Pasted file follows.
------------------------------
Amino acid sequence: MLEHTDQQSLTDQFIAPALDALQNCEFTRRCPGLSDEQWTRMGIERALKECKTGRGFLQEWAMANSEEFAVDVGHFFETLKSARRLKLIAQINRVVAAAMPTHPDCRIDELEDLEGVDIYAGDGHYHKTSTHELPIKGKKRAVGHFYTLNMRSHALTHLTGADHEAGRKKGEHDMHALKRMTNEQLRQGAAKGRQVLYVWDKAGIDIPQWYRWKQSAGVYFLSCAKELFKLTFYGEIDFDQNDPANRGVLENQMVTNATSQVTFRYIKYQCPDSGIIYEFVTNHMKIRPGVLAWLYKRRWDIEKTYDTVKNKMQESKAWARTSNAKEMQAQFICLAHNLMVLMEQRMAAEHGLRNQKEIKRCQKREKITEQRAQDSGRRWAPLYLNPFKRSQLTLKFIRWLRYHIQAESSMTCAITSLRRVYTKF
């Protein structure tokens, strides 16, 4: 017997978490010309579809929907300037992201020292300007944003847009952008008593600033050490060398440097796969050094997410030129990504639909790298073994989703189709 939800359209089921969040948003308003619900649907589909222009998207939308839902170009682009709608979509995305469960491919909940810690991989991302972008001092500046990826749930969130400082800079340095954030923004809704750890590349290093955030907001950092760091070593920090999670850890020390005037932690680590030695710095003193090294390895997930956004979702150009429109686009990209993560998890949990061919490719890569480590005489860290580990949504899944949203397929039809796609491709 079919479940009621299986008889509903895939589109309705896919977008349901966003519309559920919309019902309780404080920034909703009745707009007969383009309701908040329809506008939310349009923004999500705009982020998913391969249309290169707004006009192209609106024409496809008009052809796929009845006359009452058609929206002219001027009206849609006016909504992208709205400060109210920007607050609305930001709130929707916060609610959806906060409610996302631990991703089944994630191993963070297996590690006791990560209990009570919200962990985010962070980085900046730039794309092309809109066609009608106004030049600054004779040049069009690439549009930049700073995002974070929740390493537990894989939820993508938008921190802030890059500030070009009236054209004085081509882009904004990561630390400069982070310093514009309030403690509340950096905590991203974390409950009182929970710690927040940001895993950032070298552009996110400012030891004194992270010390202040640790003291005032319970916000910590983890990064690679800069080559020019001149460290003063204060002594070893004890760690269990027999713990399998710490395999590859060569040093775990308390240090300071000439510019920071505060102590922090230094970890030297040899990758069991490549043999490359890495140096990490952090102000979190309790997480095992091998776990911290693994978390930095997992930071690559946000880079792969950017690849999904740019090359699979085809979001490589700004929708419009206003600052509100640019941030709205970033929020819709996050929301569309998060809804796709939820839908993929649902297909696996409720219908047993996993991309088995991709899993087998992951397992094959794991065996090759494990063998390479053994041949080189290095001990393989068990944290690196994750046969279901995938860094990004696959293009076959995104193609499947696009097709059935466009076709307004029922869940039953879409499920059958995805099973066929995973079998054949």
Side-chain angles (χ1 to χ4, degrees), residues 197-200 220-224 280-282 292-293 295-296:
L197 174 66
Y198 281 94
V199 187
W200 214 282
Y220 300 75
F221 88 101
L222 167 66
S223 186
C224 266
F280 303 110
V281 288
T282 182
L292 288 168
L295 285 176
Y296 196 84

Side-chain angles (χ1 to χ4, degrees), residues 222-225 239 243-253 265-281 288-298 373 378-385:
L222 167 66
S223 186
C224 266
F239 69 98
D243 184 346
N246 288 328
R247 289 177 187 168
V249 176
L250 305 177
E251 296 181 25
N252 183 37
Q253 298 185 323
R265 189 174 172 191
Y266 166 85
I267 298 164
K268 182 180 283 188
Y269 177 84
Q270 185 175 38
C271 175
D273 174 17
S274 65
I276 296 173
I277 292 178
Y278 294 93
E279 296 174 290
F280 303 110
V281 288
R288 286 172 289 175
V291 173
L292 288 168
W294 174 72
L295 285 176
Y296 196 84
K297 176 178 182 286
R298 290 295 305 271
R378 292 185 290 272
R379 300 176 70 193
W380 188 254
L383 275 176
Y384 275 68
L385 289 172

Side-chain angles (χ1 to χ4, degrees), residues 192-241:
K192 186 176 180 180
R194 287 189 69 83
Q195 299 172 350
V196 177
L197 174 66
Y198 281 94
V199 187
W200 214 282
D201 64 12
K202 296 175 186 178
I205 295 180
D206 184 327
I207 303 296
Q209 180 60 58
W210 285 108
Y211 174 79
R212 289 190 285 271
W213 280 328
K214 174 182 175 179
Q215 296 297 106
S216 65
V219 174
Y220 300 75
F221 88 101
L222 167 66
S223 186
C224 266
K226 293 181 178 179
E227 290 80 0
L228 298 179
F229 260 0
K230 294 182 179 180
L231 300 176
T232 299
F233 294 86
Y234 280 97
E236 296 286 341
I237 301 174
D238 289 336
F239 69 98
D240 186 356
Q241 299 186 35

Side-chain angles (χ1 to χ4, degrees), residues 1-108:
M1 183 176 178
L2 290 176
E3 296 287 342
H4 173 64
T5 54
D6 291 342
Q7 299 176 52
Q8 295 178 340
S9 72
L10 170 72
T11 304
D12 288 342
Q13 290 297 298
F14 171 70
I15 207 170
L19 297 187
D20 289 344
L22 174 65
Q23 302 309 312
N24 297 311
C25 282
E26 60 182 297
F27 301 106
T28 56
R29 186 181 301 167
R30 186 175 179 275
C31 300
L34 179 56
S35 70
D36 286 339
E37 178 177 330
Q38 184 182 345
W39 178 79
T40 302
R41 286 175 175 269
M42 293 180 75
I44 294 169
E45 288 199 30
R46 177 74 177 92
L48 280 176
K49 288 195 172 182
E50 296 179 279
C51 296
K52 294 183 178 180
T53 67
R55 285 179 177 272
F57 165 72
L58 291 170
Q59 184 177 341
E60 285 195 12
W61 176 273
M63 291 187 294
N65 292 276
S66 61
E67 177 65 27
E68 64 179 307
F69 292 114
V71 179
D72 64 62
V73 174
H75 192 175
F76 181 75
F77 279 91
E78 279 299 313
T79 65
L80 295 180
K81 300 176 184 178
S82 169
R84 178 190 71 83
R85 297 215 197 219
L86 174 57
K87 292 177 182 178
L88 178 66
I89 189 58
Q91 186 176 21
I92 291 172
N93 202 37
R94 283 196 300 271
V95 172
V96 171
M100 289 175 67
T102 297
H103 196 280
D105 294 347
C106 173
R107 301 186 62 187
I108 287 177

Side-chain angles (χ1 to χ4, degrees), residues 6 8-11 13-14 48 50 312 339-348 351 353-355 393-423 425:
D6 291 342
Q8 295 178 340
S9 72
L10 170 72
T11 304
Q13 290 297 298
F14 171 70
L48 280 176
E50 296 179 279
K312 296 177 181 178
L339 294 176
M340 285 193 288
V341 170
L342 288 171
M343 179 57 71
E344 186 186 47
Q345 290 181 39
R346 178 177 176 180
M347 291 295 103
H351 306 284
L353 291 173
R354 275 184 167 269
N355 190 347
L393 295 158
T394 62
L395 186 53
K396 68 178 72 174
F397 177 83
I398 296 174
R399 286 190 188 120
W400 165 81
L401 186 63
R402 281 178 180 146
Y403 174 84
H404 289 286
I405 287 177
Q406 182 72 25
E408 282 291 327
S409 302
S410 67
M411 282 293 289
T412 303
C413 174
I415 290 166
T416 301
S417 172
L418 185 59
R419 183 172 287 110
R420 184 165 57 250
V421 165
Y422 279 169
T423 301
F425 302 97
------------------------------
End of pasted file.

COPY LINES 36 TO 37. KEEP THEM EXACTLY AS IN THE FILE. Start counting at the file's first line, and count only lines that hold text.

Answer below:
Y269 177 84
Q270 185 175 38